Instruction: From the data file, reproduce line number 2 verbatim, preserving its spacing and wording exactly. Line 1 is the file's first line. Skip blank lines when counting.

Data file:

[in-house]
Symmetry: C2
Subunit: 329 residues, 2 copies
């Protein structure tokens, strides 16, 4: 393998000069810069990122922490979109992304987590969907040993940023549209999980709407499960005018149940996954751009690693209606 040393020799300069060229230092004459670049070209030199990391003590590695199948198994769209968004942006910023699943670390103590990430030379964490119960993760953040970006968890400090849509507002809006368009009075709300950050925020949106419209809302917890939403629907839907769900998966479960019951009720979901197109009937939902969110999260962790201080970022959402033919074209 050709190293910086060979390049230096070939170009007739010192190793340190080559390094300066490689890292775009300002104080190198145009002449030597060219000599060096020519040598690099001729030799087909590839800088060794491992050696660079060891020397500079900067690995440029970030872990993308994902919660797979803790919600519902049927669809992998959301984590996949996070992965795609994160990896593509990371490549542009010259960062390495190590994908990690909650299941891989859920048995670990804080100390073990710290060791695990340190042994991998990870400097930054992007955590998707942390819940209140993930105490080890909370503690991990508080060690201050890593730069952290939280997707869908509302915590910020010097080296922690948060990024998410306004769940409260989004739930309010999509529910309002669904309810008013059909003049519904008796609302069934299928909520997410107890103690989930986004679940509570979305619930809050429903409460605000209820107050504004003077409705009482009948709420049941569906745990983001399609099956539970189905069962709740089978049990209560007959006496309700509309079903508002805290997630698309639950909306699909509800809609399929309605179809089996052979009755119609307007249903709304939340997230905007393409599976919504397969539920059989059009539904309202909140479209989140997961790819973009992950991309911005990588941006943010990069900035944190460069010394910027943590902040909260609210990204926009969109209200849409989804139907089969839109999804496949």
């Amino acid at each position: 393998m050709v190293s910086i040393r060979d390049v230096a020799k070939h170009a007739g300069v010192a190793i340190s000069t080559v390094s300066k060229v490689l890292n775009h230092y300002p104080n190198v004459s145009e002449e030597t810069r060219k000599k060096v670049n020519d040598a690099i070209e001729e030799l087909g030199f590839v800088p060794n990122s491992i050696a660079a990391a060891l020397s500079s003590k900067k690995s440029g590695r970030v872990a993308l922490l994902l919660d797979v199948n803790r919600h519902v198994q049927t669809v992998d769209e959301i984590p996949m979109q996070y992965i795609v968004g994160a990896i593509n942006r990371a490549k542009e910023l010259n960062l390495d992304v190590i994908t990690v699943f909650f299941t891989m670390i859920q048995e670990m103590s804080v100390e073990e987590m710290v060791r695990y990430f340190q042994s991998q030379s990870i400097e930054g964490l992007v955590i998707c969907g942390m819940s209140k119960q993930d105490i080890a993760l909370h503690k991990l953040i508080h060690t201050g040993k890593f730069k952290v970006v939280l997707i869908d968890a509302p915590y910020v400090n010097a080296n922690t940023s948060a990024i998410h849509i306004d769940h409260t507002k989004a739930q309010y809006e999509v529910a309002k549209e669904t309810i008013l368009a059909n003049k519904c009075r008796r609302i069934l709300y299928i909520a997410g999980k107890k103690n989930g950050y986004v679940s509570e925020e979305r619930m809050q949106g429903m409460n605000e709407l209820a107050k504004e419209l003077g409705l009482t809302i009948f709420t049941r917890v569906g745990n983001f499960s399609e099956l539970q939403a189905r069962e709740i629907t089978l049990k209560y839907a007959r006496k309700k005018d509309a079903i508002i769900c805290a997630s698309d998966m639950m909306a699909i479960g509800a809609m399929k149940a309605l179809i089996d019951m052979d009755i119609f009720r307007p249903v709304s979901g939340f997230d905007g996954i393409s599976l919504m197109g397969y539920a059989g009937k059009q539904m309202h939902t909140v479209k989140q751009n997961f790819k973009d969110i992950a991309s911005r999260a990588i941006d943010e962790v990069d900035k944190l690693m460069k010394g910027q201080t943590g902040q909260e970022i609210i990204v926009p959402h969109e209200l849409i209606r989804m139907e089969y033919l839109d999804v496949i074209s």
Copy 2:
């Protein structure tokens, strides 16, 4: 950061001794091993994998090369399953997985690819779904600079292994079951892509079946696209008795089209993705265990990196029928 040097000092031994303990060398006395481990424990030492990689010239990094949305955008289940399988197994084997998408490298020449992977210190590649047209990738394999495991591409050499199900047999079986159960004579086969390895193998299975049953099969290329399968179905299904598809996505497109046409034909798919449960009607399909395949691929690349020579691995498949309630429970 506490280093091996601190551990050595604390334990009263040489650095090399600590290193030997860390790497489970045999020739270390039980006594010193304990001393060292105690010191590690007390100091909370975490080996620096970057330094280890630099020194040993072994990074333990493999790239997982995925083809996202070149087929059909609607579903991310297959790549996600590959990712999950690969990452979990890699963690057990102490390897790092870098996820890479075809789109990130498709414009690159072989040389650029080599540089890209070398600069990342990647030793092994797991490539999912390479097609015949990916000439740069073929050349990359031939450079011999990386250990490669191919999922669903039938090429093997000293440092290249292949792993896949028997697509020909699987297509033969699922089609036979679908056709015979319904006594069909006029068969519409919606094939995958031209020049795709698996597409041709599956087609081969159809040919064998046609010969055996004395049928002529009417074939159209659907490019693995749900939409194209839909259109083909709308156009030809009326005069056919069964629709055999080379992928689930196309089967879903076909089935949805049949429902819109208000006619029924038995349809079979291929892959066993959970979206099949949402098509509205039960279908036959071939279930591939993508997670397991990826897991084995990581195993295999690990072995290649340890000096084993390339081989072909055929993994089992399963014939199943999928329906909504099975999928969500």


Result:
Symmetry: C2